Genome-wide analysis of self-reported risk-taking behaviour and cross-disorder genetic correlations in the UK Biobank cohort

Strawbridge, R. J. et al. (2018) Genome-wide analysis of self-reported risk-taking behaviour and cross-disorder genetic correlations in the UK Biobank cohort. Translational Psychiatry, 8, 39. (doi:10.1038/s41398-017-0079-1) (PMID:29391395) (PMCID:PMC5804026)

Strawbridge, R. J. et al. (2018) Genome-wide analysis of self-reported risk-taking behaviour and cross-disorder genetic correlations in the UK Biobank cohort. Translational Psychiatry, 8, 39. (doi:10.1038/s41398-017-0079-1) (PMID:29391395) (PMCID:PMC5804026)

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Abstract

Risk-taking behaviour is a key component of several psychiatric disorders and could influence lifestyle choices such as smoking, alcohol use, and diet. As a phenotype, risk-taking behaviour therefore fits within a Research Domain Criteria (RDoC) approach, whereby identifying genetic determinants of this trait has the potential to improve our understanding across different psychiatric disorders. Here we report a genome-wide association study in 116,255 UK Biobank participants who responded yes/no to the question “Would you consider yourself a risk taker?” Risk takers (compared with controls) were more likely to be men, smokers, and have a history of psychiatric disorder. Genetic loci associated with risk-taking behaviour were identified on chromosomes 3 (rs13084531) and 6 (rs9379971). The effects of both lead SNPs were comparable between men and women. The chromosome 3 locus highlights CADM2, previously implicated in cognitive and executive functions, but the chromosome 6 locus is challenging to interpret due to the complexity of the HLA region. Risk-taking behaviour shared significant genetic risk with schizophrenia, bipolar disorder, attention-deficit hyperactivity disorder, and post-traumatic stress disorder, as well as with smoking and total obesity. Despite being based on only a single question, this study furthers our understanding of the biology of risk-taking behaviour, a trait that has a major impact on a range of common physical and mental health disorders.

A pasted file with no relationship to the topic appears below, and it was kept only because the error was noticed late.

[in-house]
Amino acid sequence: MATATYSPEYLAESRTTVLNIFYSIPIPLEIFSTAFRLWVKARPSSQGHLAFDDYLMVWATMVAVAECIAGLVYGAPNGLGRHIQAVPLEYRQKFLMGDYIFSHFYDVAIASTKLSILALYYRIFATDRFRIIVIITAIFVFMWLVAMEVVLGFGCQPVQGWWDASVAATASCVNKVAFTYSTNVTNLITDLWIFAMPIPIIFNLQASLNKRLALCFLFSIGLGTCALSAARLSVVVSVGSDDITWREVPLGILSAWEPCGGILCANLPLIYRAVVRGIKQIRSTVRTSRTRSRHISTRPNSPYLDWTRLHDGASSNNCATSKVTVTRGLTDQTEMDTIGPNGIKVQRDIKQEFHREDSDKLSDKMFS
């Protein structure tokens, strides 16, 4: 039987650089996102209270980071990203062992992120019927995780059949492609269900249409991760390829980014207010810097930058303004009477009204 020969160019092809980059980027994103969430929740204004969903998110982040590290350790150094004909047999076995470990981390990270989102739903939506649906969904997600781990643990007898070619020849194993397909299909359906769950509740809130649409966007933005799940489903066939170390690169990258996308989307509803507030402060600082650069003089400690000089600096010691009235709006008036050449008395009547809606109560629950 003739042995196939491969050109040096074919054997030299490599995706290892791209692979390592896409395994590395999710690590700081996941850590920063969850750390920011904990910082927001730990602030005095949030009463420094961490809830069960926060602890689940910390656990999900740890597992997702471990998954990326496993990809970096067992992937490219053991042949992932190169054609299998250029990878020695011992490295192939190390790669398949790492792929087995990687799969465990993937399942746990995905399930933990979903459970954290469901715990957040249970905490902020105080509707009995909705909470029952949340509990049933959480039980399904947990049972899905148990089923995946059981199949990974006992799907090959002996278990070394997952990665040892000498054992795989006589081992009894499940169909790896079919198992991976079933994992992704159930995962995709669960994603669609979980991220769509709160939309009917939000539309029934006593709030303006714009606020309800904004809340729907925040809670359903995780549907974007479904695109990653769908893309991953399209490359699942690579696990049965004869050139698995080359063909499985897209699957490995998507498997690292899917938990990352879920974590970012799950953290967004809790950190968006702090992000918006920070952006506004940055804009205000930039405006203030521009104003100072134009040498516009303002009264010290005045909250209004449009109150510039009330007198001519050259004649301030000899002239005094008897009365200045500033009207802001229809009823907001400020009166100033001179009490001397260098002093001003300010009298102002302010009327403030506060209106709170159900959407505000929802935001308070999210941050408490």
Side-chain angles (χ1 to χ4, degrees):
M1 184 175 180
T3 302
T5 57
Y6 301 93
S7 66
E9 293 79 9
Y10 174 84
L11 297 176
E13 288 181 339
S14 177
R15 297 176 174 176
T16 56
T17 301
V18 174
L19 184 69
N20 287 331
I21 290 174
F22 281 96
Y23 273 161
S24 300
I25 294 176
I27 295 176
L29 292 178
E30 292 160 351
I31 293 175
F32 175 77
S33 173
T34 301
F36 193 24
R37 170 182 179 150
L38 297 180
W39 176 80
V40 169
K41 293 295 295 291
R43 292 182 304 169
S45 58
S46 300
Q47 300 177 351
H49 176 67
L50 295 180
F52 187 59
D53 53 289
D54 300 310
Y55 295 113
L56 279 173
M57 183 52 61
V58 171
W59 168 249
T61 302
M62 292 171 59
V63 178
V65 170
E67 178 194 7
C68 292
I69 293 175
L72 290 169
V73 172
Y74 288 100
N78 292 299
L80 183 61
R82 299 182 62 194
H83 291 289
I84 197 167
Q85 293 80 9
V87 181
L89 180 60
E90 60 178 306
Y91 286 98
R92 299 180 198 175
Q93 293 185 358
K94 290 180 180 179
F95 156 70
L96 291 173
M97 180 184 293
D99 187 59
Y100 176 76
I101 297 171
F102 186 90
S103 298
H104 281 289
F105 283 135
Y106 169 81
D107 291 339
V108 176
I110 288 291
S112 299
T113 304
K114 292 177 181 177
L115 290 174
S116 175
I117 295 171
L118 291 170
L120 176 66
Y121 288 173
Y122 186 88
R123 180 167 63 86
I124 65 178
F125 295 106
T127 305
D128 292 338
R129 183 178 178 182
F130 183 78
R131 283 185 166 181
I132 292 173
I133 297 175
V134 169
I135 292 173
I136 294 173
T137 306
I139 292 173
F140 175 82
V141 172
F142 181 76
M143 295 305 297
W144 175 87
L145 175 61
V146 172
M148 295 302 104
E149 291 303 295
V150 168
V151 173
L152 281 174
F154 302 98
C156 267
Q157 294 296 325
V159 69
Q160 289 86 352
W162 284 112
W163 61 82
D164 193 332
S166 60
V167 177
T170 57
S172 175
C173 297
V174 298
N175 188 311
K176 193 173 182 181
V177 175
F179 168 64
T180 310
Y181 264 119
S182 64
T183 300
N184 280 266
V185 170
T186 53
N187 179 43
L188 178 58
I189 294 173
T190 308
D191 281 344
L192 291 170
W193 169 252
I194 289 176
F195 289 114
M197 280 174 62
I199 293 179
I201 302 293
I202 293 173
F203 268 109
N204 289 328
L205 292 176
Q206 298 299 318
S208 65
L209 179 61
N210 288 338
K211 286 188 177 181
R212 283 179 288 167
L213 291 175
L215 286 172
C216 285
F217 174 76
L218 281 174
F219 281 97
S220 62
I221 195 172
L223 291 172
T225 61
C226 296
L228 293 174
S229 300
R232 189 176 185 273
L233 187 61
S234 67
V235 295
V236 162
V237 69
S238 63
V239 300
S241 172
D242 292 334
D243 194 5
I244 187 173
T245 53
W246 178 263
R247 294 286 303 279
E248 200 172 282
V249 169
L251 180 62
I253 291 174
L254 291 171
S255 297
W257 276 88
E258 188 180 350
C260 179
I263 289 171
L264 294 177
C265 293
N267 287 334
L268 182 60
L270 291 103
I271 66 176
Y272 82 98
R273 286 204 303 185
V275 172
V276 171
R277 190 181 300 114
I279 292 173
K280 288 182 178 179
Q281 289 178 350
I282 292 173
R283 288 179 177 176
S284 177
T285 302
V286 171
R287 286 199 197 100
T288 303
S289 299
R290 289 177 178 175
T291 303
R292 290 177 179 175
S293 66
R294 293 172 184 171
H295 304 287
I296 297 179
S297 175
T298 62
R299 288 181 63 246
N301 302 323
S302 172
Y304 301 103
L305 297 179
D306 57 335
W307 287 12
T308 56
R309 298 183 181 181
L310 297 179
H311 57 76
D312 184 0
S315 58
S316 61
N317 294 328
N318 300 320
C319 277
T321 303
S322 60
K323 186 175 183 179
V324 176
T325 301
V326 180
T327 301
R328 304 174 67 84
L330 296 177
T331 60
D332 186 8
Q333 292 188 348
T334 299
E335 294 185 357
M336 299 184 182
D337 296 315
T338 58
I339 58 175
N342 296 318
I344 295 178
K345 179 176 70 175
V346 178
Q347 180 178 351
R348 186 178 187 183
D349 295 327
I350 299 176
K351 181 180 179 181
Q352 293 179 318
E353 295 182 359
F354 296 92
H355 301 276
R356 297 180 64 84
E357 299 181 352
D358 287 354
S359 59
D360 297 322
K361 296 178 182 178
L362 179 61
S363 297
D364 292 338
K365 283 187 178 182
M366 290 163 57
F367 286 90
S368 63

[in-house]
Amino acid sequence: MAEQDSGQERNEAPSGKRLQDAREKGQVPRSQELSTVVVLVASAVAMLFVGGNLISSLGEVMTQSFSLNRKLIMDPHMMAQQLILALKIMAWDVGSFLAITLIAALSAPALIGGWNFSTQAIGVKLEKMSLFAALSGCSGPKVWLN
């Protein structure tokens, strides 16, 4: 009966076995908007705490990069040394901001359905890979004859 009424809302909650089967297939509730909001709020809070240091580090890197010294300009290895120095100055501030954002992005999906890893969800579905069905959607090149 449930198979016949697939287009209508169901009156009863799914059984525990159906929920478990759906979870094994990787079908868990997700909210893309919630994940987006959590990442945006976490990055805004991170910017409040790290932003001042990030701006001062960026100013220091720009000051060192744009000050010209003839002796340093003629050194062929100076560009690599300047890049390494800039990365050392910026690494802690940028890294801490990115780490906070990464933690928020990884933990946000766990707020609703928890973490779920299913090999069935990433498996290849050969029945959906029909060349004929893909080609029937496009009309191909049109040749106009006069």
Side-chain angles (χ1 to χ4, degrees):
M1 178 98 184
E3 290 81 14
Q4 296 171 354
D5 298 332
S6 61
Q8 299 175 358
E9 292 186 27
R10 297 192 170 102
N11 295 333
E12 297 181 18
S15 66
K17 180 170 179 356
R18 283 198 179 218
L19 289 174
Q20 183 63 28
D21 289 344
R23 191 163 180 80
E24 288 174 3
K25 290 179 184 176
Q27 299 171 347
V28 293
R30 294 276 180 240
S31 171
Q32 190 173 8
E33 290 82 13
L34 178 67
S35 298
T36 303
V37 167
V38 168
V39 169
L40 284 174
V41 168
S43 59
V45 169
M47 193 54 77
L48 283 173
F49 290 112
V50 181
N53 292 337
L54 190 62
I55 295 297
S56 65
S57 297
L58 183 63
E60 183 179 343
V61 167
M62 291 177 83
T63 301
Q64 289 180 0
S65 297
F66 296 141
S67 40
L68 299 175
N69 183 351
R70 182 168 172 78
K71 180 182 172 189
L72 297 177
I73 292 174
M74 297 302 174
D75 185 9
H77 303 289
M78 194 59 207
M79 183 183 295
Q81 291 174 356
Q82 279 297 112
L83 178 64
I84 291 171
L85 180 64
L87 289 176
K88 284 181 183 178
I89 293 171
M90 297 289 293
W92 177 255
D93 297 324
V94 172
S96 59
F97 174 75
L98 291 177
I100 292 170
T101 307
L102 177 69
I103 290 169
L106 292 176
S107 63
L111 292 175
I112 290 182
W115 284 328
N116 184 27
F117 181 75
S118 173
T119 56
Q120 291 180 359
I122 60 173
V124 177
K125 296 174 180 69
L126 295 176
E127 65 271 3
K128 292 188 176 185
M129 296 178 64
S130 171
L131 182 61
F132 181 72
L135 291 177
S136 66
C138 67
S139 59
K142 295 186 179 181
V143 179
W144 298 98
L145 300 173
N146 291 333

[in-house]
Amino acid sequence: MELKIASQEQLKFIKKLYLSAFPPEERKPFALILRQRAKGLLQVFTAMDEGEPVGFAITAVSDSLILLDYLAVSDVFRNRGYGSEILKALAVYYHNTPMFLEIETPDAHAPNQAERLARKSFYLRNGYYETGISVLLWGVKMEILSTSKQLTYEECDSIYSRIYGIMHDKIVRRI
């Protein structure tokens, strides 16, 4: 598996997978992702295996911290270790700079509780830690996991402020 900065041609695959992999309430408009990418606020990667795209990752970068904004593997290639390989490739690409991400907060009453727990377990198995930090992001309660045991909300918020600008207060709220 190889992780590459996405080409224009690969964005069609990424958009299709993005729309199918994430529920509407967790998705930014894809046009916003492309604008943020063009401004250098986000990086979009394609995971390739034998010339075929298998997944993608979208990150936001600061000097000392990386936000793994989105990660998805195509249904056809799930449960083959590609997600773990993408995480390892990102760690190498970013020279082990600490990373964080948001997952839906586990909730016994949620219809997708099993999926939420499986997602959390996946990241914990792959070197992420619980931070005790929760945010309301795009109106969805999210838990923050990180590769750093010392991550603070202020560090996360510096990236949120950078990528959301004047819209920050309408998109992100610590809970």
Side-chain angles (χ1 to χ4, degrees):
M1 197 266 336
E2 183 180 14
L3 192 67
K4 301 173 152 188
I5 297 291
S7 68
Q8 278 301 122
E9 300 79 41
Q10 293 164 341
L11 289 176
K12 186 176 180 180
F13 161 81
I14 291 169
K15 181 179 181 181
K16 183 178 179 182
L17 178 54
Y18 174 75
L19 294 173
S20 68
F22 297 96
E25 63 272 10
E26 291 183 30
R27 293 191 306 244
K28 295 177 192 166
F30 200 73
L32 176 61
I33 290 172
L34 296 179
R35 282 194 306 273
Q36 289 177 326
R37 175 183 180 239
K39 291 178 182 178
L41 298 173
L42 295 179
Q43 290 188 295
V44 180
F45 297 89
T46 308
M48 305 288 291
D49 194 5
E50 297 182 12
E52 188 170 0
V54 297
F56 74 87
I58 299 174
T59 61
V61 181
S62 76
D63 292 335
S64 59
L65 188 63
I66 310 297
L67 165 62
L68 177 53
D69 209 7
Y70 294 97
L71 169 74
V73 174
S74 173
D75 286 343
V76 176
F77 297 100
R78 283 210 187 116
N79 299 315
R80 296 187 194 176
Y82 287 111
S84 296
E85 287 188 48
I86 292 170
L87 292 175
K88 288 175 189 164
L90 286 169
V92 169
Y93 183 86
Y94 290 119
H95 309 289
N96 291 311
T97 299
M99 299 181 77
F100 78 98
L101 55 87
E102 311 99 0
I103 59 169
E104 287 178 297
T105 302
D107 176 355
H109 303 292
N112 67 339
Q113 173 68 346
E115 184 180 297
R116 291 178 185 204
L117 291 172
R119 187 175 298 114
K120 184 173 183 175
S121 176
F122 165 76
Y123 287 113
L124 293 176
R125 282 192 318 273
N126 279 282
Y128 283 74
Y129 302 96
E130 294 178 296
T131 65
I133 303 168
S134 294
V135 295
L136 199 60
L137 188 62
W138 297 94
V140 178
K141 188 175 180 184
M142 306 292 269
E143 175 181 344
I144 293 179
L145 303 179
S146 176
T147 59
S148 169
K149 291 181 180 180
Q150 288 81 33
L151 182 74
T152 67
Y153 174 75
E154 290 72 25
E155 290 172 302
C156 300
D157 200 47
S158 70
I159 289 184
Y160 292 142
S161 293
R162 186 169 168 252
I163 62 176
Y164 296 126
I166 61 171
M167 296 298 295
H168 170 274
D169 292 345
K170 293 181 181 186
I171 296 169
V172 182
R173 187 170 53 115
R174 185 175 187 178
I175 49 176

Item Type:Articles
Status:Published
Refereed:Yes
Glasgow Author(s) Enlighten ID:Smith, Professor Daniel and Lyall, Dr Laura and Bailey, Dr Mark and Cavanagh, Professor Jonathan and Ward, Mr Joey and Cullen, Dr Breda and Pell, Professor Jill and Ferguson, Amy and Mackay, Dr Daniel and Lyall, Dr Donald and Strawbridge, Dr Rona and Graham, Dr Nicholas
Authors: Strawbridge, R. J., Ward, J., Cullen, B., Turnbridge, E. M., Hartz, S., Bierut, L., Horton, A., Bailey, M. E.S., Graham, N., Ferguson, A., Lyall, D. M., Mackay, D., Pidgeon, L. M., Cavanagh, J., Pell, J. P., O’Donovan, M., Escott-Price, V., Harrison, P. J., and Smith, D. J.
College/School:College of Medical Veterinary and Life Sciences > Institute of Health and Wellbeing > Mental Health and Wellbeing
College of Medical Veterinary and Life Sciences > School of Life Sciences
Journal Name:Translational Psychiatry
Publisher:Nature Publishing Group
ISSN:2158-3188
ISSN (Online):2158-3188
Copyright Holders:Copyright © 2018 The Authors
First Published:First published in Translational Psychiatry 8:39
Publisher Policy:Reproduced under a Creative Commons License

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Project CodeAward NoProject NamePrincipal InvestigatorFunder's NameFunder RefLead Dept
632341MRC Doctoral Training Grant 2013/14, 2014/15 and 2015/16George BaillieMedical Research Council (MRC)MR/K501335/1MVLS GRADUATE SCHOOL